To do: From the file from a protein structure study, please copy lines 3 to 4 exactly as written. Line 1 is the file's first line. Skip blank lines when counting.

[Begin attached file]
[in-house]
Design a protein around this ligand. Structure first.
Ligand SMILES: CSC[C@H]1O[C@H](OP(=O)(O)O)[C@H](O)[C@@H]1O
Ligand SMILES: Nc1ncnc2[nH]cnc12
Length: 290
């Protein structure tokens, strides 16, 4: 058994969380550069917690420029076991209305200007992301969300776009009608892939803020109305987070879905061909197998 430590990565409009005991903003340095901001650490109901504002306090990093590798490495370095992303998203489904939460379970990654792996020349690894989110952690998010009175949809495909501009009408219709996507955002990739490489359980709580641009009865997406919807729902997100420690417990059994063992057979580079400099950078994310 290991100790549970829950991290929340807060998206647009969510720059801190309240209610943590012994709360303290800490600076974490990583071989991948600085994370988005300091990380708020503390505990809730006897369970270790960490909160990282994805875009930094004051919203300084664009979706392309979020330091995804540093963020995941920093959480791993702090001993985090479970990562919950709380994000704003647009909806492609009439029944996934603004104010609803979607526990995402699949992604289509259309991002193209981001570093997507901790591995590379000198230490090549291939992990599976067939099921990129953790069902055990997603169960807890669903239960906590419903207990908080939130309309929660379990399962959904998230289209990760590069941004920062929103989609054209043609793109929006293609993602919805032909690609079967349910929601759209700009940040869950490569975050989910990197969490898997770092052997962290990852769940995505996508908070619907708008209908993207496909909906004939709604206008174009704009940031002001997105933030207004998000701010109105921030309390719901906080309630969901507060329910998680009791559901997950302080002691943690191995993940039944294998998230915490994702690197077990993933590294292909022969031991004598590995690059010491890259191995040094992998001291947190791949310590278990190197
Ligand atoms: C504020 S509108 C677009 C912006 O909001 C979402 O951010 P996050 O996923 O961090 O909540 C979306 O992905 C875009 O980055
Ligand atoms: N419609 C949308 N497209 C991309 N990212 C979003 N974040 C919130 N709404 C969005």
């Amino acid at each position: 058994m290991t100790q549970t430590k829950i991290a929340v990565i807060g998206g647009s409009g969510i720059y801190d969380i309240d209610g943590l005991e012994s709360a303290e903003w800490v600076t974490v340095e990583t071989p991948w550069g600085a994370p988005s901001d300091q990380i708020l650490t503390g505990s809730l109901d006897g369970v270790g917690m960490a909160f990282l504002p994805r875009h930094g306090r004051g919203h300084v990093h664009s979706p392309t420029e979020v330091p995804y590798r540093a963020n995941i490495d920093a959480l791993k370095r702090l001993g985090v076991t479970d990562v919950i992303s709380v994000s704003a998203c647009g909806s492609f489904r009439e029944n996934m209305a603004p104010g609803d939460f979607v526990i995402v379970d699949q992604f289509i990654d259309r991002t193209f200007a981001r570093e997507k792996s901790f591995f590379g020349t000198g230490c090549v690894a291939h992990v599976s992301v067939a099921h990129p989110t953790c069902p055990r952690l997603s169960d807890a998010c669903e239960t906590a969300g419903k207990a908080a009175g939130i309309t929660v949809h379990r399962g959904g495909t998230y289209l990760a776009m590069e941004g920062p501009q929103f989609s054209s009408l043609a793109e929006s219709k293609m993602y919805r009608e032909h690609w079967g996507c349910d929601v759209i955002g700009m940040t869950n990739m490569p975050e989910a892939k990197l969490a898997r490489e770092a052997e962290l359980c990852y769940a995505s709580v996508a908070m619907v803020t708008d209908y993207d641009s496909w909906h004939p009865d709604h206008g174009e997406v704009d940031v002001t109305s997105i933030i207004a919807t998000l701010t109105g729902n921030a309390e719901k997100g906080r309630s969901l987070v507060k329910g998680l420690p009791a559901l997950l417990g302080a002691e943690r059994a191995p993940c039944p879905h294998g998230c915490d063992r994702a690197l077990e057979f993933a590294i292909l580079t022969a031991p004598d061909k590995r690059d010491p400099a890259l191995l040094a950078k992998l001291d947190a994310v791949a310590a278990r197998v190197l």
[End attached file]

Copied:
Ligand SMILES: CSC[C@H]1O[C@H](OP(=O)(O)O)[C@H](O)[C@@H]1O
Ligand SMILES: Nc1ncnc2[nH]cnc12